The Stalwart Beauty Everyone’s Quiet About, Except This Guy
March 7, 2020
Oh, Oh, OH, that is GORgeous!
A booming, Brooklyn-inflected voice approaches the far side of the camellia table at Gray’s Nursery.
Oh, look at THAT one, GORgeous!
I love this man instantly. Even more when I hear his companion cooing about bees in the blooms. I edge around the table to get closer. A desire to lift the low-hanging bloom of my favorite for his hearty admiration moves me into the warm bubble of their floral awe.
He wears the red “keep calm and garden on” shirt of an employee. It strikes a bold compliment to his robust voice and build. We each reach to cradle a bloom and show the other – his is a variegated white and pink, each bloom unique, mine is the large and single ‘Coral Delight’. Speaking simultaneously of their beauty and variety, our cups are full.
Isn’t it wonderful how encounters with beauty, especially shared with someone else appreciative, can do that? Can fill you up and shift your perspective? Even if just for the moment?
A camellia in bloom has that kind of magic – the layered petals, the rich colors, the golden stamens beckoning for bees, the way the white ones glow against the dark green, and the reds pulse in the late winter light.
Growing up in Portland, it’s taken me awhile to really see camellias and stop taking them for granted. We had a huge one when I was kid, but I mostly remember the brown mush of the blooms on the ground – pressed with imprints of my jelly sandals and the dog’s paws. A problem of scale, I suppose. I was too small to properly face the flowers of that lofty grandmother of a camellia.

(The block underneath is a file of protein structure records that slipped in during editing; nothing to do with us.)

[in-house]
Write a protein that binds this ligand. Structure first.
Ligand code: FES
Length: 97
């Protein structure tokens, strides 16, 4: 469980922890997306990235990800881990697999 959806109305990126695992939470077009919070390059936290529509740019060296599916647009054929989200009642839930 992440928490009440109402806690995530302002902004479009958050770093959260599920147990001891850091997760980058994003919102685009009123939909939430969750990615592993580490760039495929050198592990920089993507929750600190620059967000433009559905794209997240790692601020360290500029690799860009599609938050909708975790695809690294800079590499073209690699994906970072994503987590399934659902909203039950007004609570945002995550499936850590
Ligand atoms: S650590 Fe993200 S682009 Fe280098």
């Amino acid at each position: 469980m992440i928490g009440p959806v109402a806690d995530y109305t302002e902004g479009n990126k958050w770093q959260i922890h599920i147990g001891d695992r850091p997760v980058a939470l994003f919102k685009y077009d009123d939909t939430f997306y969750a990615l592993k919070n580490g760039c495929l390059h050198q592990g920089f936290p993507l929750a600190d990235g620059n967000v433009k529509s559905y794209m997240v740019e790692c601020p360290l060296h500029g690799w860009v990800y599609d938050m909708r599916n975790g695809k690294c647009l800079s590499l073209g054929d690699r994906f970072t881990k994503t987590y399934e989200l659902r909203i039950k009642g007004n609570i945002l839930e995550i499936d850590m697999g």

At the northern end of Camellia japonica’s hardiness range, I wouldn’t expect to see so many long-lived specimens around town. But, now, while they’re blooming, take a look – they’re everywhere, defying google search warnings of winter kill. On the south side of the Meridian building’s parking lot there’s a row of camellias towering two-stories high with trunks broad enough to hug. Tucked against house foundations and in commercial lots, in old neighborhoods and new. It’s easy to NOT see them, they’re so common. You wouldn’t be alone in assuming they’re yet more English laurel when out of bloom.
The truth is, camellias are stalwart beauties for your garden. They’re remarkably drought tolerant and totally shade tolerant. Last time I visited Larry’s garden, dark under the ancient oaks, redwoods and bamboos, I couldn’t believe how vibrant his camellia looked. Its glowing pink flowers pulsed with beauty and distracted my work. We decided he needs another! There’s nothing comparable for shade gardens. And, if you have deer, you’re usually safe to go with camellias, too.
And, yes, as the quieter admirer at the nursery noted, camellias, especially single or semi-double types, delight the early waking bees with a face full of pollen and nectar.
Back at home, where I’ve been clearing out a back corner, I realize it’s time to plant a camellia of my own. Maybe right there where the blackberries have always grown, giving less and less fruit in the shade and demanding more and more work. Yes, I’ll just dig those out and bring in a nice evergreen backdrop with a camellia, a red one like ‘Rosehill Red’.
And you, where will you plant a camellia this spring?